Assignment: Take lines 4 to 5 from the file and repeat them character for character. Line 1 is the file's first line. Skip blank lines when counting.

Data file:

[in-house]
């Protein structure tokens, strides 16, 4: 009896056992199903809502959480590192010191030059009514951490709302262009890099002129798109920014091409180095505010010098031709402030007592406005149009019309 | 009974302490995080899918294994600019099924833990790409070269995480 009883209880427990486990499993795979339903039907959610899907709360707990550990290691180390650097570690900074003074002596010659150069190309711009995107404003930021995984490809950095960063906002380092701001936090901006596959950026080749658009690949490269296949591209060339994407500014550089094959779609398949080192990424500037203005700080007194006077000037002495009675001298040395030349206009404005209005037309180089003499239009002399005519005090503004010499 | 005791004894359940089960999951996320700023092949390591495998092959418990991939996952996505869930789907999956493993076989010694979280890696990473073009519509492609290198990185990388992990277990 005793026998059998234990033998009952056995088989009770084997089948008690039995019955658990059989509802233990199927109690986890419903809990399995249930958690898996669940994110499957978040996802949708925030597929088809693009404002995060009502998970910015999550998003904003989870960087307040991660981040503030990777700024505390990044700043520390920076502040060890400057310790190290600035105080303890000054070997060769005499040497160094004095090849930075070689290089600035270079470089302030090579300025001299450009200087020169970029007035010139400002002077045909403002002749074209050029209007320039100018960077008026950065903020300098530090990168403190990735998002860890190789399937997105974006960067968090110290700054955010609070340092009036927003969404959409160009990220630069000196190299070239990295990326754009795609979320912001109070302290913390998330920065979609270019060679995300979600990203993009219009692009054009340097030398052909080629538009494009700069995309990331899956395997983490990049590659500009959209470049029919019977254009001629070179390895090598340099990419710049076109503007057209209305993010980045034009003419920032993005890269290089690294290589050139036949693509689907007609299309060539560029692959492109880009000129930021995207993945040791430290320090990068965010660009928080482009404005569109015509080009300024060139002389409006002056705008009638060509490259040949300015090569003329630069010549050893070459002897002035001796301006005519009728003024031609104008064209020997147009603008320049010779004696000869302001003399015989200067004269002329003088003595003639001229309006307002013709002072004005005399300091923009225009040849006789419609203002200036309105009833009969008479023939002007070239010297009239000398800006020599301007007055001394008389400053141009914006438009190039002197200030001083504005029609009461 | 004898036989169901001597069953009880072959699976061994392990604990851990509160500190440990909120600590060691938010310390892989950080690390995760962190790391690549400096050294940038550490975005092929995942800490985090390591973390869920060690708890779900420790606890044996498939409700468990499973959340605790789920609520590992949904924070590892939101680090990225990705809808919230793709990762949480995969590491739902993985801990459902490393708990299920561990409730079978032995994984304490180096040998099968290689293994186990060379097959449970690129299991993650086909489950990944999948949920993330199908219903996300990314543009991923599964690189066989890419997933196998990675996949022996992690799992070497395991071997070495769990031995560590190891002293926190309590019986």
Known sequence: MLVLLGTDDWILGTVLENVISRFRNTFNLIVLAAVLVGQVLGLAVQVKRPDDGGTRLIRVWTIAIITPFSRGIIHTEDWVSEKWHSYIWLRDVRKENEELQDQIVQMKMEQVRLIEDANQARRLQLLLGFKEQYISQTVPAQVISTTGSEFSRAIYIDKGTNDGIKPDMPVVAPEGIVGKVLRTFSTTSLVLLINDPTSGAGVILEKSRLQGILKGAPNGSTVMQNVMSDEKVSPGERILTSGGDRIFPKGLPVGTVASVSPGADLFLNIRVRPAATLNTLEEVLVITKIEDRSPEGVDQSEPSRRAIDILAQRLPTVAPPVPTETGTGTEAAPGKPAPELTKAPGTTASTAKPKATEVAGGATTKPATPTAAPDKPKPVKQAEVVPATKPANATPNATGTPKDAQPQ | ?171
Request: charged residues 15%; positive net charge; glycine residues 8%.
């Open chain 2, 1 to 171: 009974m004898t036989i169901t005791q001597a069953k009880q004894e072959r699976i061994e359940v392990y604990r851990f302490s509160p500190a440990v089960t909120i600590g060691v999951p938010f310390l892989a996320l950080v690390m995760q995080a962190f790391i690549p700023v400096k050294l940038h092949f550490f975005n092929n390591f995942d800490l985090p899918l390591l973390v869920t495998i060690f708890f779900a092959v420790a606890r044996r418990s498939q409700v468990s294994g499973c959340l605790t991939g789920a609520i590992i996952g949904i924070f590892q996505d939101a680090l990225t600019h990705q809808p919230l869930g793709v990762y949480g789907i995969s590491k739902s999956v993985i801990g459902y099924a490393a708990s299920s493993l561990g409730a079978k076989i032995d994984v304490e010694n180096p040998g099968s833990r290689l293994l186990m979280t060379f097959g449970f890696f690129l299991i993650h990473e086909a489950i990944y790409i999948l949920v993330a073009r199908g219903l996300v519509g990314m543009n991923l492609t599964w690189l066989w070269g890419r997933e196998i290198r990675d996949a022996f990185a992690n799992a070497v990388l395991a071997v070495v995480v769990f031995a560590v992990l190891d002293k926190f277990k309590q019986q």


Request: charged residues 15%; positive net charge; glycine residues 8%.
């Open chain 2, 1 to 171: 009974m004898t036989i169901t005791q001597a069953k009880q004894e072959r699976i061994e359940v392990y604990r851990f302490s509160p500190a440990v089960t909120i600590g060691v999951p938010f310390l892989a996320l950080v690390m995760q995080a962190f790391i690549p700023v400096k050294l940038h092949f550490f975005n092929n390591f995942d800490l985090p899918l390591l973390v869920t495998i060690f708890f779900a092959v420790a606890r044996r418990s498939q409700v468990s294994g499973c959340l605790t991939g789920a609520i590992i996952g949904i924070f590892q996505d939101a680090l990225t600019h990705q809808p919230l869930g793709v990762y949480g789907i995969s590491k739902s999956v993985i801990g459902y099924a490393a708990s299920s493993l561990g409730a079978k076989i032995d994984v304490e010694n180096p040998g099968s833990r290689l293994l186990m979280t060379f097959g449970f890696f690129l299991i993650h990473e086909a489950i990944y790409i999948l949920v993330a073009r199908g219903l996300v519509g990314m543009n991923l492609t599964w690189l066989w070269g890419r997933e196998i290198r990675d996949a022996f990185a992690n799992a070497v990388l395991a071997v070495v995480v769990f031995a560590v992990l190891d002293k926190f277990k309590q019986q």